In terms of “back to work” facilitation, both the Life Healthcare Group and Netcare Rehab Hospital assist where they can. “During the initial or acute phase of rehabilitation, contact is made with the employer, and in most instances a visit from the employer is facilitated to determine the way forward. This includes ensuring that immediate support is in place, such as disability insurance and access to bank accounts, and understanding the requirements of the job and identifying what is needed for the successful return to work. However, we do not focus on vocational rehabilitation, which is a specialised field,” Strydom says.
Van Vuuren agrees: “Where necessary, the patient is referred to a specialist vocational therapist who will perform specific functional capacity tests and do specific work with the patient in terms of task re-skilling and ‘work hardening’. The employer is usually involved in this process and often a work visit will be conducted with the patient as part of the out-patient therapy programme,” she adds.
Aquatic therapy is currently offered by three of the Life Healthcare Group’s facilities. “Our patients benefit from and enjoy aquatic therapy as an alternative to other modalities,” says Strydom. Netcare Rehab Hospital also offers this kind of therapy. “It assists in delivering therapy to patients in terms of movement and strengthening when there is pain or difficulty bearing weight. Movement and range of movement is easier in the pool, but balance is harder,” Van Vuuren says.
Another noteworthy establishment is the Western Cape Rehabilitation Centre (WCRC), which has been in operation for 11 years. It also provides specialised, multidisciplinary rehabilitation programmes for people with physical disabilities. The focus is outcome-based and promotes functional independence, with the intimate goal of reintegration into the community. The facility has 156 beds, as well as daily out-patient specialised clinics for referred patients.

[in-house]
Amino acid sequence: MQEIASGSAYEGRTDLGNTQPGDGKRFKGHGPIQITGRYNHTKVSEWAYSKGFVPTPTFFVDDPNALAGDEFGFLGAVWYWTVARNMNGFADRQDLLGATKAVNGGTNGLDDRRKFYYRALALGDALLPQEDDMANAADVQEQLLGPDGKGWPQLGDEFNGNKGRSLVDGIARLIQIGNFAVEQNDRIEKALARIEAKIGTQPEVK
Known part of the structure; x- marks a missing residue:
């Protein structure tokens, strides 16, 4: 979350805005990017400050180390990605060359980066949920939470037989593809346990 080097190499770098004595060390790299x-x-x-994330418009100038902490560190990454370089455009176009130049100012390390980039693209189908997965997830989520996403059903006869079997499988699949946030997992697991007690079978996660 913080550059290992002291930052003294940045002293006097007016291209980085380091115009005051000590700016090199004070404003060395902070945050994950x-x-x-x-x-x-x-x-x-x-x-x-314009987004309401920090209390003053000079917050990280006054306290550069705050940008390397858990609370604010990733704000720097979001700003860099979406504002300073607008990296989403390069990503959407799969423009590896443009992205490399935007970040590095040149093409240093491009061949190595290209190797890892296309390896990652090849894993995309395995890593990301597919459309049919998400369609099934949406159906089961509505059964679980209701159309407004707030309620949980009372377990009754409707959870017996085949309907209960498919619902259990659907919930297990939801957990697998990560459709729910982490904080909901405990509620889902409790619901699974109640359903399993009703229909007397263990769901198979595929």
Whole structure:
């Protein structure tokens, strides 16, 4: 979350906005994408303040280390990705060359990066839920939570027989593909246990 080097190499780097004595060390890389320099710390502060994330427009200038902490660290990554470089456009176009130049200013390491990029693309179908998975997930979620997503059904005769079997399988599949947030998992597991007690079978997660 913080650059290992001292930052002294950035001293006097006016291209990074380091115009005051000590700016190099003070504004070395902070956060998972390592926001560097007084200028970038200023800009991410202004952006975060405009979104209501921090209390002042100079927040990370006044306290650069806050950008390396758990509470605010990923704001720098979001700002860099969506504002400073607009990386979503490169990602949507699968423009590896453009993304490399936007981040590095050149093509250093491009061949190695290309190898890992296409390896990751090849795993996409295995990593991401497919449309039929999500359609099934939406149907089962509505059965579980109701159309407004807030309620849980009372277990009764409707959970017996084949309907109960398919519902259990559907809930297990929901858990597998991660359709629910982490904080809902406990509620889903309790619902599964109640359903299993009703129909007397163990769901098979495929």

The WCRC has a staff complement of around 300 members, comprising doctors, nurses, physiotherapists, occupational therapists, speech therapists as well as social workers, clinical psychologists, dieticians and support staff. The Orthotic and Prosthetic Centre has approximately 40 staff members, consisting of medical orthotists and prosthetists as well as orthopaedic footwear technicians.
The WCRC Facility Board also supports a Health and Wellness Centre, which currently houses an indoor heated hydrotherapy pool and a selection of gym equipment. The Centre is a disability-friendly gym for in- and out-patients, as well as approved community groups and disabled persons’ organisations. People with disabilities are assisted in the use of the equipment, taught how to make adaptations around their disabilities and helped in designing programmes to ensure maintenance of their health and wellness.
The WCRC has a staff complement of around 300 members, comprising doctors, nurses, physiotherapists, occupational therapists, speech therapists as well as social workers, clinical psychologists, dieticians and support staff. The Orthotic and Prosthetic Centre has approximately 40 staff members, comprising, amongst others, medical orthotists and prosthetists as well as orthopaedic footwear technicians.
Furthermore, the WCRC Facility Board supports a Health and Wellness Centre, which currently houses an indoor heated hydrotherapy pool and a small collection of gymnasium apparatuses. The Centre is a disability-friendly gym for both in- and out-patients, as well as approved community groups and disabled persons’ organisations. People with disabilities are assisted in the use of the equipment, taught how to make adaptations around their disabilities and are assisted in designing programmes to ensure maintenance of their health and wellness.